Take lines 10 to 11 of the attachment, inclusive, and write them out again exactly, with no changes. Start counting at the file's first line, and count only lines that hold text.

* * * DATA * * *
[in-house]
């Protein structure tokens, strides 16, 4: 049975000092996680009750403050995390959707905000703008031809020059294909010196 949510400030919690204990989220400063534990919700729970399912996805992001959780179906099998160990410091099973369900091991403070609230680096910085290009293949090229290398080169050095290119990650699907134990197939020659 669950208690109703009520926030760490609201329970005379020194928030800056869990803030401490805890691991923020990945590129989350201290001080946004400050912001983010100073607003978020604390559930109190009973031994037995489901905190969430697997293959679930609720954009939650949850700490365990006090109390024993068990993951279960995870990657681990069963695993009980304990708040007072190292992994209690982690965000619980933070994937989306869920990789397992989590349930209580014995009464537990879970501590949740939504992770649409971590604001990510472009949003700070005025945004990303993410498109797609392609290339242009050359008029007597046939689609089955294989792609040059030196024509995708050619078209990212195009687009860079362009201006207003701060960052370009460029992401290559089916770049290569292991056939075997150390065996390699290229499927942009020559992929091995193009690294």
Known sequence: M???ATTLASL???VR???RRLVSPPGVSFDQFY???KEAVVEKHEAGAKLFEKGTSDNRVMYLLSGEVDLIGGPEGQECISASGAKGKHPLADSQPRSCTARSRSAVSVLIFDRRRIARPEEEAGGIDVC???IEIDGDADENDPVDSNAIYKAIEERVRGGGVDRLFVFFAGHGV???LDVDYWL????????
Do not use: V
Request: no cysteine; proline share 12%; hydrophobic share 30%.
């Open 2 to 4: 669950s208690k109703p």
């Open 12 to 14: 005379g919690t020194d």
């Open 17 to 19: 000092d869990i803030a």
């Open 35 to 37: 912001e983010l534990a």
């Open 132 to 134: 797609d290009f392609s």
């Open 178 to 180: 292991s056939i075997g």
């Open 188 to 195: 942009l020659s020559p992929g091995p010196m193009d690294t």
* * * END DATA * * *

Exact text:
């Open 132 to 134: 797609d290009f392609s």
């Open 178 to 180: 292991s056939i075997g």